"In eight years, we will be celebrating our 100th," she said. "This has been an outstanding year, and I couldn't have done it without the support of the board. I have had great support from the judiciary and other organizations. This year, I think, was a year of rebirth and growth. We decided it was important to help women lawyers in every stage of their careers. To be a unifying voice for all women, we decided on pay equity.

"It is my pleasure," she concluded, "to introduce your next president of the Women Lawyers Association of Michigan, Lysa Postula-Stein."

The incoming president pointed out that when the WLAM was formed, women couldn't vote, but they could be lawyers--though it wasn't very easy.

The 1970s saw a surge in activism, she said, and many chapters were formed, including the Washtenaw chapter.

"What's left for Women Lawyers to do?" she asked. "The doors are open and the ceiling is getting there. Why does WLAM exist? It's not to just hold garden parties."

The new president pointed that there is still poor retention of women lawyers due to caregiving responsibilities.

"Overwhelmingly," Postula-Stein said, "women over men must make decisions between caregiving or career. Once they make their 'choices' they are told they can't advance."

She said a goal of her term is to provide women with tangible tools, such as au pair and elder services.

"We encourage the challenge of caregiving responsibilities be equally shared with men," she said. "Only then will there not be caregiver discrimination. There will not be mothers' guilt, but caregivers' guilt."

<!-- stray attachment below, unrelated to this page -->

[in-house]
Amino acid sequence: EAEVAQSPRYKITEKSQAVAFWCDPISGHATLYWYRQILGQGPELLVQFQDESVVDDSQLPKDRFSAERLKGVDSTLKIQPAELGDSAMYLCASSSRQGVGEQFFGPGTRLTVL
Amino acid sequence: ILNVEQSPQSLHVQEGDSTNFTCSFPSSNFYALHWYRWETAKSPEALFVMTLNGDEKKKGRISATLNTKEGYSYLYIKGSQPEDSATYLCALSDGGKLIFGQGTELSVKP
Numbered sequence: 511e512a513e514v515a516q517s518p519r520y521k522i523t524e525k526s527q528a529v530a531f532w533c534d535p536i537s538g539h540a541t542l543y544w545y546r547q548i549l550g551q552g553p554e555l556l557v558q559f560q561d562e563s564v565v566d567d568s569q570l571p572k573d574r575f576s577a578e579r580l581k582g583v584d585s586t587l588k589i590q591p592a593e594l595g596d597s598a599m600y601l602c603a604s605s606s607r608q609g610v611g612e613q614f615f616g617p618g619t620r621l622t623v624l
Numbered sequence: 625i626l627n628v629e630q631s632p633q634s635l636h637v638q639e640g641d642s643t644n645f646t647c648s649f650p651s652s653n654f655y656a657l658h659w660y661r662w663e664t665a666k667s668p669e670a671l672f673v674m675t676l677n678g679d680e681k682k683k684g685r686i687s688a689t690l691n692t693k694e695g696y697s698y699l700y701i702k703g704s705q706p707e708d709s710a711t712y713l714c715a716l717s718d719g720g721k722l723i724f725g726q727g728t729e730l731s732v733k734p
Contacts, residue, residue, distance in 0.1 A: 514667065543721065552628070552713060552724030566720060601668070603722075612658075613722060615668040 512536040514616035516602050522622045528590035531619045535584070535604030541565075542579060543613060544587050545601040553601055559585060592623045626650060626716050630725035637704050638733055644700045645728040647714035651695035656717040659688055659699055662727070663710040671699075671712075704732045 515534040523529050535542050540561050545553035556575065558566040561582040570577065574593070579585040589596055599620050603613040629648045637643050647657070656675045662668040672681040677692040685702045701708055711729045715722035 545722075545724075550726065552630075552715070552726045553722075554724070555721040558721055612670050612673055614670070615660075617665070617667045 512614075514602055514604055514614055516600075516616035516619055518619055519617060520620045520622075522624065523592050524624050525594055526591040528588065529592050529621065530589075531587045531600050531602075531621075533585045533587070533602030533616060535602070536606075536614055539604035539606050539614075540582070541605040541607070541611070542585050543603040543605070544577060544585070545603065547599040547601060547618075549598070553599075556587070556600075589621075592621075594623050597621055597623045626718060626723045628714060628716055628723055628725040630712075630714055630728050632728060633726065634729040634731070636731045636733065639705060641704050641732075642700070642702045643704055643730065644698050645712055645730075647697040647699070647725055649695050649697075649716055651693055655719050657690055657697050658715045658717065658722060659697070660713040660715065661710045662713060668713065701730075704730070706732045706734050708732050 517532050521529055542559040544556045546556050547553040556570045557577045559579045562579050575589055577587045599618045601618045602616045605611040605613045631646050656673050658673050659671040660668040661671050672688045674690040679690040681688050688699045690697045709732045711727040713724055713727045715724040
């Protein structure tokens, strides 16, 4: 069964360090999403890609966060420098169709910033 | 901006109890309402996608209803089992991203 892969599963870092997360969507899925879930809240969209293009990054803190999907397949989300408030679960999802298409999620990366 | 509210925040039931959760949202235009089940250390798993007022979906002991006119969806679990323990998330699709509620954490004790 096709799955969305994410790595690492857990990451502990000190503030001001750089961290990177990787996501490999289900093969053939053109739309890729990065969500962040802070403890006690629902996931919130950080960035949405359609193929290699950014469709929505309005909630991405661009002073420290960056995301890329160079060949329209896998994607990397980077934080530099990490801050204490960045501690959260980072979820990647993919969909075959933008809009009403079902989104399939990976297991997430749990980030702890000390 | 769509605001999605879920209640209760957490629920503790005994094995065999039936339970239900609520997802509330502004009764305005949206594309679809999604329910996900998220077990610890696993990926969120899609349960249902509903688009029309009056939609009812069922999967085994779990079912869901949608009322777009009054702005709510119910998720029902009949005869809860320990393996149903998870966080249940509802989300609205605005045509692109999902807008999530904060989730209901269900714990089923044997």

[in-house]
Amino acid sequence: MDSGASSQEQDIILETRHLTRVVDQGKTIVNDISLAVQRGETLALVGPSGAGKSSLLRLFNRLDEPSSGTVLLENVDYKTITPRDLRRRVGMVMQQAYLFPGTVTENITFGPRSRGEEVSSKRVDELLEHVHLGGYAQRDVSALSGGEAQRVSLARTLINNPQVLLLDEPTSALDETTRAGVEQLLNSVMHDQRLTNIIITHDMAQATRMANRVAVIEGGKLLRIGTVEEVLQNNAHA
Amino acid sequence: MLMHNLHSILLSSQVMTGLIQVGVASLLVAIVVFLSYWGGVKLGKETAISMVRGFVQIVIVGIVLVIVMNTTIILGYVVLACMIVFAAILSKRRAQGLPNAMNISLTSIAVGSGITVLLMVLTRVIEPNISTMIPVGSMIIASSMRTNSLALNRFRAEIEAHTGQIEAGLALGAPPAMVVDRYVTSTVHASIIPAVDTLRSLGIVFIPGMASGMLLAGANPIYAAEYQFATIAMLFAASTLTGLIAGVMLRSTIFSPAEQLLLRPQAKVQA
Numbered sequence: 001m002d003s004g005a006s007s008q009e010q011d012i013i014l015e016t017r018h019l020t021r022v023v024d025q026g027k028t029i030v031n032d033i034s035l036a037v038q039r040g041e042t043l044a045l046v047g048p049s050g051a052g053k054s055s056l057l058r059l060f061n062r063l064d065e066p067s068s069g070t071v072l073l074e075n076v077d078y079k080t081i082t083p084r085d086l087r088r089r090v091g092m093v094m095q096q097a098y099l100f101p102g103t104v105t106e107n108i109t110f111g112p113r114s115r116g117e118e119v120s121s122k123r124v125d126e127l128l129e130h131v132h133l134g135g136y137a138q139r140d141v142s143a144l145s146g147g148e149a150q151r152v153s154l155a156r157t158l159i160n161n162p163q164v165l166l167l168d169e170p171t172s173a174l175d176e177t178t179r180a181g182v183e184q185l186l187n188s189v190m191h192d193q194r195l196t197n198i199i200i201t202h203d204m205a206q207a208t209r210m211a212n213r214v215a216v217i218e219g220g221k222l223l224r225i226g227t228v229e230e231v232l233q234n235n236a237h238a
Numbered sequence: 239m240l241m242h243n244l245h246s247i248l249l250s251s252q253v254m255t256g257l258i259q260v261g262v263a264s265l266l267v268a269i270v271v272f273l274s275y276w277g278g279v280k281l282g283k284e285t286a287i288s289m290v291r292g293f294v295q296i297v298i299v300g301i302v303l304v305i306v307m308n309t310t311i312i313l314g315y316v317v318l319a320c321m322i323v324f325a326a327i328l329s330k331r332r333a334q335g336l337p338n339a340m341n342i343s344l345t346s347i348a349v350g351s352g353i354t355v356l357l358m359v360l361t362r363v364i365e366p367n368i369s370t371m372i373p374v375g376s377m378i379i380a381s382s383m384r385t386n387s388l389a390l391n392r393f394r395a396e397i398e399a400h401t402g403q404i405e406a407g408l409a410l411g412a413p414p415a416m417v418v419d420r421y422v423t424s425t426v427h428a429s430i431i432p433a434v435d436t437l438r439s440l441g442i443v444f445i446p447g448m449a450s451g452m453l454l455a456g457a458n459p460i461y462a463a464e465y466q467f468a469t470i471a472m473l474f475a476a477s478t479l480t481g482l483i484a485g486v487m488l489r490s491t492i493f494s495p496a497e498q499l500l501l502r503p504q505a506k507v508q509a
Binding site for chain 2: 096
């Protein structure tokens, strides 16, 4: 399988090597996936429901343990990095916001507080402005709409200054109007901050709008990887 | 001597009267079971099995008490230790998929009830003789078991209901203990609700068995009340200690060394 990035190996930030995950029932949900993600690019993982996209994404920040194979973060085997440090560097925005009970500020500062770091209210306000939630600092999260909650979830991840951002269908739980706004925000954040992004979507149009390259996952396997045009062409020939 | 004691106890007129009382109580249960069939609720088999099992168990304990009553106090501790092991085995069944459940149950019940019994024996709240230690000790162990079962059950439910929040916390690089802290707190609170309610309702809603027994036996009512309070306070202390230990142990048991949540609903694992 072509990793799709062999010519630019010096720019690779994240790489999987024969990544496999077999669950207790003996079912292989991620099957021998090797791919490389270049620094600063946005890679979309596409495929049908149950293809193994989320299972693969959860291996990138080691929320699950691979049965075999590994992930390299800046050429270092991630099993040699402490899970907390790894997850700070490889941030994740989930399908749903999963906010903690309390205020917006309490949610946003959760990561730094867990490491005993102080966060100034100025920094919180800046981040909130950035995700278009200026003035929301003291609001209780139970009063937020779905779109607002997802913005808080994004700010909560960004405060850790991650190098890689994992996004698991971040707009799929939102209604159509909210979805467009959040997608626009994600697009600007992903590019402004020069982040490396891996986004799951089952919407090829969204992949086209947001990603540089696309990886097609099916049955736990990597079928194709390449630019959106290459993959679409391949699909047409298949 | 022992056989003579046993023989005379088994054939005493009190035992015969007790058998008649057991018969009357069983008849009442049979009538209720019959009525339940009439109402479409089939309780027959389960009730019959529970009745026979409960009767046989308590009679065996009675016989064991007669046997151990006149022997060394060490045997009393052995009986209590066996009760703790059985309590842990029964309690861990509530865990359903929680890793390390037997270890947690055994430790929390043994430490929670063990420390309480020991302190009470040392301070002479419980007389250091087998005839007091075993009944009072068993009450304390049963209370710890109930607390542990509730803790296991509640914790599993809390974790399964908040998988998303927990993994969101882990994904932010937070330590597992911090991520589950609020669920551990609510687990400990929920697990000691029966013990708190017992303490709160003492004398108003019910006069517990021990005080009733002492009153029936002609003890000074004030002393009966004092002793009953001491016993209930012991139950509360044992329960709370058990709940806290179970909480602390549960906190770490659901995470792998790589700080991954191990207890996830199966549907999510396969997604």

Postula-Stein and her fellow officers and directors were sworn in by Michigan Supreme Court Chief Justice Marilyn Kelly, a former president of the WLAM.

"This organization is very near and dear to my heart," she said. "We go way back together. For many of us, Women Lawyers is our most important organization."

Following the swearing-in ceremony, Maria Linderman had the "daunting task" of presenting Bogas with the WLAM Jean Ledwith King Leadership Award, named after the longtime Women Lawyers leader who was present at the annual meeting and luncheon.

Linderman noted that Elliott-Larson was passed a year after Bogas became a lawyer.

"She was our enforcer before we knew there was something in it for women lawyers," Linderman said of Bogas. "We are all better off because there were women like Kathy Bogas out there to fight for us."

She pointed out that Bogas is so highly respected that she has also been awarded by the other side, the defense bar.

"While doing all this, she raised two wonderful kids," Linderman said. "Almost everyone can tell a story that at the right time, Kathy Bogas was there."

Bogas reported that her daughter was admitted to the New York bar just last week.

She said she tells people she became a lawyer because of "Perry Mason," but the truth is she became lawyer because of a woman who was beaten by her boss when she ended an affair with him.

"I became an attorney because nobody told me I couldn't," Bogas said. "I became an employment lawyer because it really pisses me off when people are treated unfairly."

To conclude the 92nd annual meeting, Immediate Past President Winokur was given a plaque of appreciation for her service, and Tribal Court Judge Angela Sherigan was given a WLAM banner to hang in her courtroom.

"The WLAM has reached out to the tribal judges," Sherigan said, "just as they have state court judges."

Published: Fri, May 21, 2010